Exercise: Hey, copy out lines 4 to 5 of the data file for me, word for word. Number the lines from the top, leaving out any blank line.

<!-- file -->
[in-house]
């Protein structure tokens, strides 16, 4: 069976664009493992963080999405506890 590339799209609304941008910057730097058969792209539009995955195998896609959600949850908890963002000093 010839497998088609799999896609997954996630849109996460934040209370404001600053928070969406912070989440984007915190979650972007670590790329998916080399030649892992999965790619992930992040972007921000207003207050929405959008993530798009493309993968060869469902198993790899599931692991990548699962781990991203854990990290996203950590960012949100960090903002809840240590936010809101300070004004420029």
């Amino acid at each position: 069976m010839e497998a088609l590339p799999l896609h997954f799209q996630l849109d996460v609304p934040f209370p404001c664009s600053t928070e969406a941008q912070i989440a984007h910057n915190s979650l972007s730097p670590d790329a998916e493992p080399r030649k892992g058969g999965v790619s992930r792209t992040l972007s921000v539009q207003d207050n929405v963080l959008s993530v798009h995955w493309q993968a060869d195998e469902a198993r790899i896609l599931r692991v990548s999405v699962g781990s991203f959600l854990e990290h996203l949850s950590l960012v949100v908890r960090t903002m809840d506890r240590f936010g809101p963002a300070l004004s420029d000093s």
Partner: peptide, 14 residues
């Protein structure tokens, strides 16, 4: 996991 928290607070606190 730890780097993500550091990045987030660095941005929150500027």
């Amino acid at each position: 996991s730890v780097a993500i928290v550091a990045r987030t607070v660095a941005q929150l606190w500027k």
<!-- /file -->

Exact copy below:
Partner: peptide, 14 residues
């Protein structure tokens, strides 16, 4: 996991 928290607070606190 730890780097993500550091990045987030660095941005929150500027």